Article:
From The Desk Of Aloha: Lonnie Chisenhall


Tony Cavallario: Baseball is a sport of nuance. An atmospheric, thinking person’s pastime. And it’s a game of failure, where a great showing means screwing up real bad three out of five times. There are few chances for ballplayers to breakout and really show some personality. To express themselves to a stadium of people checking their phones or inhaling a footlong. This is the function of walk-up music—that disembodied, echo-laden five-bar bat signal sent out in hopes that we might understand a player better. Maybe you are a woke dude who likes Vince Staples. Maybe you are a metalhead, a devoted Christian or a proud redneck.

Or maybe you are Lonnie Chisenhall. A player so ruthless, so merciless, so brazen that he stole his walk-up song from the one playlist no one else dares to raid—the canon of long-established stadium jams. Yep, he walks up to “Crazy Train,” which any eight-year-old already knows is the go-to song when sports shit is about to go down. Bases loaded in the home half of the seventh? “Crazy Train.” Reliever just walked in a run? “Crazy Train.” A fringe major leaguer up with two out and nobody on in a meaningless September game? Going off the rails on a crazy train. It’s like jacking Gary Glitter or C&C Music Factory. You need super big balls.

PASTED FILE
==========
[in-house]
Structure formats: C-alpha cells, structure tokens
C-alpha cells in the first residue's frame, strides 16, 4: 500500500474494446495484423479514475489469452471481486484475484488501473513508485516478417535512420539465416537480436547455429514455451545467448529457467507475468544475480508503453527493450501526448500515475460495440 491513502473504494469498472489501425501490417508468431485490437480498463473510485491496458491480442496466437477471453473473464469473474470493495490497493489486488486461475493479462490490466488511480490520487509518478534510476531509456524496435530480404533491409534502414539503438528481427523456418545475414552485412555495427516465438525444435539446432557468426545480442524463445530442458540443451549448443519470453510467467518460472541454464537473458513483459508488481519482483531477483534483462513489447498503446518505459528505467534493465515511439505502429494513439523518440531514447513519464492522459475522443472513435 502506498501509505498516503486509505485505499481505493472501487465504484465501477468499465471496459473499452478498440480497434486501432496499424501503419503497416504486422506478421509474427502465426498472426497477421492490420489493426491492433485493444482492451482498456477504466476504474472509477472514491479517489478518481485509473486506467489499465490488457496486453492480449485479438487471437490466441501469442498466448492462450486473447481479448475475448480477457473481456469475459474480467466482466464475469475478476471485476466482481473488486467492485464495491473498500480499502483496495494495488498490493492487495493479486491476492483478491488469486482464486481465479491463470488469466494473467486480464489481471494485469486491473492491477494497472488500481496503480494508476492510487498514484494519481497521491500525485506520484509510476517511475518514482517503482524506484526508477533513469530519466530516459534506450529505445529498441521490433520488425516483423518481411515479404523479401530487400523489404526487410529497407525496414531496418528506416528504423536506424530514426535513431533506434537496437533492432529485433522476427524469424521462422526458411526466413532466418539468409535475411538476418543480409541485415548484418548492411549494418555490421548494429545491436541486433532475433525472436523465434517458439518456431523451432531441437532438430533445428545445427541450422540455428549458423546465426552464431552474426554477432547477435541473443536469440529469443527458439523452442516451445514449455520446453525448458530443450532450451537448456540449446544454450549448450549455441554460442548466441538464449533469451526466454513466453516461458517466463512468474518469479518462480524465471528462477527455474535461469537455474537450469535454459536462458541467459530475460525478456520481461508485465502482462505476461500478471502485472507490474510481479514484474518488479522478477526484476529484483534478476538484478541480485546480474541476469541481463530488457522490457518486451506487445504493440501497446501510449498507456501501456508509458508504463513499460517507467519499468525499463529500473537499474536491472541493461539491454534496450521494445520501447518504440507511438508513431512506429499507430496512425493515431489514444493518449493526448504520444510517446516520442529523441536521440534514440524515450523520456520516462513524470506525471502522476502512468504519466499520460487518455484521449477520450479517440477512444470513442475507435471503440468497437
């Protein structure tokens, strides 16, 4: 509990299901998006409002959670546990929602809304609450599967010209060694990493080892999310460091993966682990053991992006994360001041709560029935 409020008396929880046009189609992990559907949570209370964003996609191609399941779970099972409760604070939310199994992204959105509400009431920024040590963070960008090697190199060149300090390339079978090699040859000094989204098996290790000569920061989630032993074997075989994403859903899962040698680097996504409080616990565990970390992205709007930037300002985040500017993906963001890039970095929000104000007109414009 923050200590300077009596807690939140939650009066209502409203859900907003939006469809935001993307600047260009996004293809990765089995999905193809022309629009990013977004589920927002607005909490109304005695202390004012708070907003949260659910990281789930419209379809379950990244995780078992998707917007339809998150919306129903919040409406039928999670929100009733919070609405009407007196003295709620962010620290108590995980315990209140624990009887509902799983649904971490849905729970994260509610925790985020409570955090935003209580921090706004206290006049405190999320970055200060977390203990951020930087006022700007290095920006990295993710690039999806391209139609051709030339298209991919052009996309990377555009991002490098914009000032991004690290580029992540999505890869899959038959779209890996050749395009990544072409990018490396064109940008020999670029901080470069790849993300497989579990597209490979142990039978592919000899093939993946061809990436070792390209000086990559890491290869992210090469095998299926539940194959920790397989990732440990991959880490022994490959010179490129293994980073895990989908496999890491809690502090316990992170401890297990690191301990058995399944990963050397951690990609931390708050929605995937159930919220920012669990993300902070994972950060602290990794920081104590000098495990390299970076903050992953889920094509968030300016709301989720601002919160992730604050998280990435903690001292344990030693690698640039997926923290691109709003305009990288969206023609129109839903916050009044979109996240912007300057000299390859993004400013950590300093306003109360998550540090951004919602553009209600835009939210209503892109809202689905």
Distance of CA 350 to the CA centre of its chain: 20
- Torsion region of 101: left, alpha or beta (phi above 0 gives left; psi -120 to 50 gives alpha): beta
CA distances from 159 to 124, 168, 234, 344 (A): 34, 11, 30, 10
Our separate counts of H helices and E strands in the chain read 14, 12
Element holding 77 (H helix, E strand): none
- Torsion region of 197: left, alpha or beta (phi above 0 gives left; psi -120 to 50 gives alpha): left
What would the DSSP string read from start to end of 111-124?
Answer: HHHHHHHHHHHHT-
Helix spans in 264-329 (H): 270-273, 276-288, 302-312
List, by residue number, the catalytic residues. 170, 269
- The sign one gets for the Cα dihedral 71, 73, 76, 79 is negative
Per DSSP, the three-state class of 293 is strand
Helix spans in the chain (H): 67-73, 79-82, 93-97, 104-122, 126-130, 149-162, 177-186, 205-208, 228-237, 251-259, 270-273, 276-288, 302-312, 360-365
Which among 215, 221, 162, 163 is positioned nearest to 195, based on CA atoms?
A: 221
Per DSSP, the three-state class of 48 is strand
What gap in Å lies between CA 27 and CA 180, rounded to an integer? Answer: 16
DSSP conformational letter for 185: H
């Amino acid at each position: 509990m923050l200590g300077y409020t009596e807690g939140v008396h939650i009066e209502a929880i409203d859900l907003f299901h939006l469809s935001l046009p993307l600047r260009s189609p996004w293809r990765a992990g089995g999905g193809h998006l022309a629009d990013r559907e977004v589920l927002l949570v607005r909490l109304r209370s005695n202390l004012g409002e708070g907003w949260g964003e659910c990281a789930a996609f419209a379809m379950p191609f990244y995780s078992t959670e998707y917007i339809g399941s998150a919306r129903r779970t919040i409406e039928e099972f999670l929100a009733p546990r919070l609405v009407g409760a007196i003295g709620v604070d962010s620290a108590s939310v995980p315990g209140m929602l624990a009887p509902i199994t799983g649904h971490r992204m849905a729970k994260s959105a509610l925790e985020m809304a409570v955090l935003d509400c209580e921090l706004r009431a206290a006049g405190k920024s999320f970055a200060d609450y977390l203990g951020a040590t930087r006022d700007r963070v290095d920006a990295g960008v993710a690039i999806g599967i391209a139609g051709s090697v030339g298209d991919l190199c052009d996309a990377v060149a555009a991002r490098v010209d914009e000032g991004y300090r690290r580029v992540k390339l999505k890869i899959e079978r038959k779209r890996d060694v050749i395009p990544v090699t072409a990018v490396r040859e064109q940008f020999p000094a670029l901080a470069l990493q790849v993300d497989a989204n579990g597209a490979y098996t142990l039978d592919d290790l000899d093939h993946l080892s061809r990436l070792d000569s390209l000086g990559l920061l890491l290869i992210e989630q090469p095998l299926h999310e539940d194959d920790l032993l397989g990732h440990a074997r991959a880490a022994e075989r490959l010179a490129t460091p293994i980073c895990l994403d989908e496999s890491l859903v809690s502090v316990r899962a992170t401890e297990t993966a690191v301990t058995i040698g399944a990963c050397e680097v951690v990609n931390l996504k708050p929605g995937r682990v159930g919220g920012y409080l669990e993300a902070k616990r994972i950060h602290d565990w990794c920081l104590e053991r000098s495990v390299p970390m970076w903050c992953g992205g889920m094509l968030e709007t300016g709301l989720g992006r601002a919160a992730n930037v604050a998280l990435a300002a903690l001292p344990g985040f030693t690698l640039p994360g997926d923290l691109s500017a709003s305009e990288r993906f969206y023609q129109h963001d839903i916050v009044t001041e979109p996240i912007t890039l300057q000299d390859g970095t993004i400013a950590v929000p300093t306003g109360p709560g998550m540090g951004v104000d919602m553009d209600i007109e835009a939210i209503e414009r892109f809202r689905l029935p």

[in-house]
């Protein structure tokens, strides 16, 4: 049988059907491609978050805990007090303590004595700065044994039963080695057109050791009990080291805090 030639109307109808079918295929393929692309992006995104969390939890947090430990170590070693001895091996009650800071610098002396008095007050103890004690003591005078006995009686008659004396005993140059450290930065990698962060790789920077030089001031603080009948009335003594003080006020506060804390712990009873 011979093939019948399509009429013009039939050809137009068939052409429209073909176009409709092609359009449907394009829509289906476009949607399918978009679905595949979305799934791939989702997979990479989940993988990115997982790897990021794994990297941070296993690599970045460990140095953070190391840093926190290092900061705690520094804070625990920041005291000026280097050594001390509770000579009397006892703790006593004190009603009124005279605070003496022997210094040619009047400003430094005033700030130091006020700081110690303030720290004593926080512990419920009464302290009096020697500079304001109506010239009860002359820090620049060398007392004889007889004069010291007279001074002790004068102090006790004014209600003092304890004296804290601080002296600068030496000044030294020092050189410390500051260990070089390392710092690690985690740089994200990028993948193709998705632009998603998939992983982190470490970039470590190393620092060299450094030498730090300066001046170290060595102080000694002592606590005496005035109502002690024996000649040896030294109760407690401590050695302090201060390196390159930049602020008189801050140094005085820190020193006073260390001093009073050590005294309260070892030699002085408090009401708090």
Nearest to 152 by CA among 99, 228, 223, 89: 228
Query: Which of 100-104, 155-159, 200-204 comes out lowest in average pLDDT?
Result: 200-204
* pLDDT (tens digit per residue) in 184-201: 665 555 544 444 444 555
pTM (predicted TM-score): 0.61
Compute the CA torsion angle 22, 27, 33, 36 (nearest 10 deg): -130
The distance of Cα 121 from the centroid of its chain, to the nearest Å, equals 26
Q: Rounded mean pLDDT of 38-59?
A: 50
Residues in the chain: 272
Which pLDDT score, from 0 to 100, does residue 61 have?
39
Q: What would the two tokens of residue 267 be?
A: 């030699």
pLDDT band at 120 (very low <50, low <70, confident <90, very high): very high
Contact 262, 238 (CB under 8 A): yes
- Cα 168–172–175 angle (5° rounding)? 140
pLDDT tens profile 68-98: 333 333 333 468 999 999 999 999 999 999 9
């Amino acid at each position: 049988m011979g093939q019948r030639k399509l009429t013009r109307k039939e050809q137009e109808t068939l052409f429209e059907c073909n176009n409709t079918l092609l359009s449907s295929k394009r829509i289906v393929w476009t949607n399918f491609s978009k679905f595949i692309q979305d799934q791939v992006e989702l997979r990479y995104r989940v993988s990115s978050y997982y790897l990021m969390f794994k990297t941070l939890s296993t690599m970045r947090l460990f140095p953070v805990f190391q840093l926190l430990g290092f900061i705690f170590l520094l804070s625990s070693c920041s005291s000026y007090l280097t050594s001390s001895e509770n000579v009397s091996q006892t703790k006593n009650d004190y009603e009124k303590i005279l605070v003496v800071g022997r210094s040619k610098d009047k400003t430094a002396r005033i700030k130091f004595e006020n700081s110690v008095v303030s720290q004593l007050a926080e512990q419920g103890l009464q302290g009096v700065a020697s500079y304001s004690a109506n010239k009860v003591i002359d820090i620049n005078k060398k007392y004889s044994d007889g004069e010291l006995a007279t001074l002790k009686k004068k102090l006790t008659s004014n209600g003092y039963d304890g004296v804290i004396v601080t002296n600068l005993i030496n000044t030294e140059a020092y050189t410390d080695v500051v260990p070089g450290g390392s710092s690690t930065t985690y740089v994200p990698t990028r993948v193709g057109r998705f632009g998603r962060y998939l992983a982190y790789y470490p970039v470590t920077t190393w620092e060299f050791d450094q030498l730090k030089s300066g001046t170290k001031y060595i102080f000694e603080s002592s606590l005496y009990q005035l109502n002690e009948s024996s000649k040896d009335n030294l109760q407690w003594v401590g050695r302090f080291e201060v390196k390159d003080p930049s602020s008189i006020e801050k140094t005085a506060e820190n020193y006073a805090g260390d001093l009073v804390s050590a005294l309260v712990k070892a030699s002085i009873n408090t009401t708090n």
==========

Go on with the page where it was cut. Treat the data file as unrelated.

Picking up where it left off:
You doubt me? OK maybe Lonnie Chisenhall doesn’t even like “Crazy Train.” Maybe he just doesn’t know any other songs. Maybe it’s a case of mental wounds not healing. But the truth is, fans want to see a little bit of Kenny Powers in their guys. Let us project some of that on Lonnie, he of a modest lifetime .700 OPS and many, many fielding errors. That ‘80s mullet yearbook photo that made the rounds, purported to be the young Chiz? We want that Lonnie Baseball. With the sonorous name of a long-lost Sunset Strip hair-metal screamer. Should you think I’m spilling ink about a scrub, you should know that he made a fruitful move to the outfield last season, and his closest comp is Alex Gordon, who made a similar position switch and became an All Star for the Royals. The reigning champs. And if Lonnie doesn’t live up to that billing? Well, sometimes life’s a bitter shame.

Note: Between the time of writing this item and publishing, Lonnie Chisenhall has changed his walk-up music to Ginuwine’s “Pony.”